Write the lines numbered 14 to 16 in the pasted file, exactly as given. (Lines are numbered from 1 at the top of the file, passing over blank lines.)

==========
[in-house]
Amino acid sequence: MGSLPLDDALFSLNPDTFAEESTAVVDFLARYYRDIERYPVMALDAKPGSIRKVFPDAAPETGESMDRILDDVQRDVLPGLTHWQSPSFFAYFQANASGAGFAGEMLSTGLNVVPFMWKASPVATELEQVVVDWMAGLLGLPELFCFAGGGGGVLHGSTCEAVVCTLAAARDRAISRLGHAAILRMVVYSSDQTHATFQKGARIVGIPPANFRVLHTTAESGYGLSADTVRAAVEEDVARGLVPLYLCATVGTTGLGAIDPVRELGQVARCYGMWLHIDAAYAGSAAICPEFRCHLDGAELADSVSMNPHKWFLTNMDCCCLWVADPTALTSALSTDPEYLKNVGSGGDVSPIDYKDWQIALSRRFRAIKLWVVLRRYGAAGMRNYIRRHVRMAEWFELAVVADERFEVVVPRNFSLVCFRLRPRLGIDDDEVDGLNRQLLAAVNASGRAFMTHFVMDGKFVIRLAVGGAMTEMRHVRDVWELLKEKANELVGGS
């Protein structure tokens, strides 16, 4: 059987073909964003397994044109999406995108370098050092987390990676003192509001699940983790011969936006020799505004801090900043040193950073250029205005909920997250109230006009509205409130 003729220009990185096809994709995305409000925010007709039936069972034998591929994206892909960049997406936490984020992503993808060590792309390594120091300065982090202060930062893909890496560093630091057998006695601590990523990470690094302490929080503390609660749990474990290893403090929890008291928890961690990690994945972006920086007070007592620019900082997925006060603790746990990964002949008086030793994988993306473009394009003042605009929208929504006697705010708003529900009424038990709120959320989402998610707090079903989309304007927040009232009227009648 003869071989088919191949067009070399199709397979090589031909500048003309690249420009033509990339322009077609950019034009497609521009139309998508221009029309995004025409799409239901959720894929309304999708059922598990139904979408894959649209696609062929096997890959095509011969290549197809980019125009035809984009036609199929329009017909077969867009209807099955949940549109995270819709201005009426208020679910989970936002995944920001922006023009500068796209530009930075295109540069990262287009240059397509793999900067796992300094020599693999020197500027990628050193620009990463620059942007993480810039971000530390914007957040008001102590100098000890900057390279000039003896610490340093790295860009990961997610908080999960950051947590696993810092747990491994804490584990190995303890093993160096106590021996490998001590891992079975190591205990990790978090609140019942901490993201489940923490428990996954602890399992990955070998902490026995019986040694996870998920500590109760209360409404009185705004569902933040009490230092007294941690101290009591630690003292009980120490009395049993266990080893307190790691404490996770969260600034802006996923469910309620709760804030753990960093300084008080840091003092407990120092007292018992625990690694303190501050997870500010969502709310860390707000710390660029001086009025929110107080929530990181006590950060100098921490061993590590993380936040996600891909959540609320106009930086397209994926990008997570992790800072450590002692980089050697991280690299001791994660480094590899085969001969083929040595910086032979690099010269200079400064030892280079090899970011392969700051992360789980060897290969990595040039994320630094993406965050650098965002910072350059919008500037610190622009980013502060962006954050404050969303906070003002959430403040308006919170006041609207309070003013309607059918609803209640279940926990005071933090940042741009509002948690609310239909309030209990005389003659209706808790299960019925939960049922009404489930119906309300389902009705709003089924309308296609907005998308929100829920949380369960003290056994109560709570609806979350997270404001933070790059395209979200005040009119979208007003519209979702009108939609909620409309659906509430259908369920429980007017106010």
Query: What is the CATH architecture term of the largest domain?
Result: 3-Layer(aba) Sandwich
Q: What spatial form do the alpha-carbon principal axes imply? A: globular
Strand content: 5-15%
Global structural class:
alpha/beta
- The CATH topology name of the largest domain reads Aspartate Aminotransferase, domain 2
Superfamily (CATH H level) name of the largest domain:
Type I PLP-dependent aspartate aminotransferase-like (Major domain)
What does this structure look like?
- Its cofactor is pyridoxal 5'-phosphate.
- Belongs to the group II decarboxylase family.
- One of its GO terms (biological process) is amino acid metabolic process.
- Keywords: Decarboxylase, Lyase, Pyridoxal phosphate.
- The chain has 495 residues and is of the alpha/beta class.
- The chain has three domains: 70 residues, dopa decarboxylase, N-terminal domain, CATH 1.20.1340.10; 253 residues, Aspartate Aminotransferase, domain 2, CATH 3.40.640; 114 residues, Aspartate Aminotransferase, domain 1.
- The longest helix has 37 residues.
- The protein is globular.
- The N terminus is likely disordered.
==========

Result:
- Its cofactor is pyridoxal 5'-phosphate.
- Belongs to the group II decarboxylase family.
- One of its GO terms (biological process) is amino acid metabolic process.